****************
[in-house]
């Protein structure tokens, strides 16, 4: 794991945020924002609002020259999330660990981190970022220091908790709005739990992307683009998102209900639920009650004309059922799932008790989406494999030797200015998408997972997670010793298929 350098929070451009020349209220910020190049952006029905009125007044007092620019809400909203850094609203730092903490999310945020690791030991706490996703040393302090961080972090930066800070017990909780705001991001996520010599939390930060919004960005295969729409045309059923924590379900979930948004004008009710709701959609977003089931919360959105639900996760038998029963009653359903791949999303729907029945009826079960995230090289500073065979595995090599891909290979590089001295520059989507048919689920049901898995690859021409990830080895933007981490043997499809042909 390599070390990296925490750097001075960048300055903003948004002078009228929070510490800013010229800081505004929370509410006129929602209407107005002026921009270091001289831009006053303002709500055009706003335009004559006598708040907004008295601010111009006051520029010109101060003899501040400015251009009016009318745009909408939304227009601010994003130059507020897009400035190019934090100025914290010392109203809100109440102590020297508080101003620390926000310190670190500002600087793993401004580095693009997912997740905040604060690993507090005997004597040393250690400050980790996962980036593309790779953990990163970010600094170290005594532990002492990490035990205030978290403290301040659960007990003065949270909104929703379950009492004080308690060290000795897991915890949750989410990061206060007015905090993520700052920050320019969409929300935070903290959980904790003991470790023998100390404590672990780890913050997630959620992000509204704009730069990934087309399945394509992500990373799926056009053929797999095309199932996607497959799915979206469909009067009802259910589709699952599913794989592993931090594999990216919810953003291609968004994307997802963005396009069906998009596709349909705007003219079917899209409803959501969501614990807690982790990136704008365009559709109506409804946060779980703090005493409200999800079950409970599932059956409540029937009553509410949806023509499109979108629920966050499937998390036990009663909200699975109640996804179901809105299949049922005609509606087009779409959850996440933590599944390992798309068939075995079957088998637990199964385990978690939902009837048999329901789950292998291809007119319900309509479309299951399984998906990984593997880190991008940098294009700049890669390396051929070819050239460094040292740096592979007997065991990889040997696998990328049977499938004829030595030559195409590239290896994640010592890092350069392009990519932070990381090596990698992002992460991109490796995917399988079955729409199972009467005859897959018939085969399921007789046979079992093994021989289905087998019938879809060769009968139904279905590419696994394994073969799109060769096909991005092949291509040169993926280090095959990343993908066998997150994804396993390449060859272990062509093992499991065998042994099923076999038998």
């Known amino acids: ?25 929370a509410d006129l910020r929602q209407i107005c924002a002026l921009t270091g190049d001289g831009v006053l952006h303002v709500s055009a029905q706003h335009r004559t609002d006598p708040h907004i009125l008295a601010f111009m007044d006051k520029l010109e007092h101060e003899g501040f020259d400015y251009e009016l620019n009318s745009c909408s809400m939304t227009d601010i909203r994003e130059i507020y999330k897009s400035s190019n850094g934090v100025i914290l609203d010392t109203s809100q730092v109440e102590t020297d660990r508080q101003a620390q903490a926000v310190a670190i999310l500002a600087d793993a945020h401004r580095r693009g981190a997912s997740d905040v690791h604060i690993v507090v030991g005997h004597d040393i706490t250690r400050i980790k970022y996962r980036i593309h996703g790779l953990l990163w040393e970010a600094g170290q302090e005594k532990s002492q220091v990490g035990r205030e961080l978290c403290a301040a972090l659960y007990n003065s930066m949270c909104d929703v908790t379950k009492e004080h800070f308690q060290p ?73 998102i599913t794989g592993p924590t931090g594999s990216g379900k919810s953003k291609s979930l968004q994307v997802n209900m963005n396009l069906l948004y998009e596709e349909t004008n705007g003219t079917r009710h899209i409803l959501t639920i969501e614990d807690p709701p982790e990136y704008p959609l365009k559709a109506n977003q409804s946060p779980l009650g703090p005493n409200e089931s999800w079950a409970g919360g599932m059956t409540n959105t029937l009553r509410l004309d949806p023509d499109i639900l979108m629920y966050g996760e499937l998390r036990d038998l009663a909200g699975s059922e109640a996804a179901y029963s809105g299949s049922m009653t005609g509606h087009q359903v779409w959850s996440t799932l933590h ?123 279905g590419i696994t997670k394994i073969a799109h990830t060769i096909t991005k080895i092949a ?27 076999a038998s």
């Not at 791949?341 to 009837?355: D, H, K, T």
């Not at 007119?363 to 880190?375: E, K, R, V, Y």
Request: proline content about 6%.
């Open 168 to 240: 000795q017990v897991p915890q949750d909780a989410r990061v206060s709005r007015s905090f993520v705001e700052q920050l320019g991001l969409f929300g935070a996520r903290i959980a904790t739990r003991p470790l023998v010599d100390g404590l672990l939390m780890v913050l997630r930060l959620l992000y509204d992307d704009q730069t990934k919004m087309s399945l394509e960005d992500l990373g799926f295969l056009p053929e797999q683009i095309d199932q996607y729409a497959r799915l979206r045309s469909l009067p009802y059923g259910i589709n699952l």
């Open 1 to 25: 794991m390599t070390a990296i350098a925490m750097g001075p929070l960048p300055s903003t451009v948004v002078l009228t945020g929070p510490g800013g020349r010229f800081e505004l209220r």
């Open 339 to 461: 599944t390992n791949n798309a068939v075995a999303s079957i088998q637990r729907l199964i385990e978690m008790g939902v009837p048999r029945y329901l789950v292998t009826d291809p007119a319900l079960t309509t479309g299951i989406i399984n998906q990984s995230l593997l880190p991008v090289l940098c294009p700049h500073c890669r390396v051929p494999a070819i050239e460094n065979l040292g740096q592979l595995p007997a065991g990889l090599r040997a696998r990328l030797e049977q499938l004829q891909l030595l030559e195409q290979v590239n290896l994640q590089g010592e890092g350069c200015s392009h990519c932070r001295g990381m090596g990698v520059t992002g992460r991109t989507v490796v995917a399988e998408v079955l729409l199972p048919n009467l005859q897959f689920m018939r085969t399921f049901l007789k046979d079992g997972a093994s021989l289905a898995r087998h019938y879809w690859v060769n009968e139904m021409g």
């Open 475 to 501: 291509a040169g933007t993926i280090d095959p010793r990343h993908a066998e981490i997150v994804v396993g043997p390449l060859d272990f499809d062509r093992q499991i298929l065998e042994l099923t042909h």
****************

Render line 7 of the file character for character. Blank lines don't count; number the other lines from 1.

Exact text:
């Open 168 to 240: 000795q017990v897991p915890q949750d909780a989410r990061v206060s709005r007015s905090f993520v705001e700052q920050l320019g991001l969409f929300g935070a996520r903290i959980a904790t739990r003991p470790l023998v010599d100390g404590l672990l939390m780890v913050l997630r930060l959620l992000y509204d992307d704009q730069t990934k919004m087309s399945l394509e960005d992500l990373g799926f295969l056009p053929e797999q683009i095309d199932q996607y729409a497959r799915l979206r045309s469909l009067p009802y059923g259910i589709n699952l």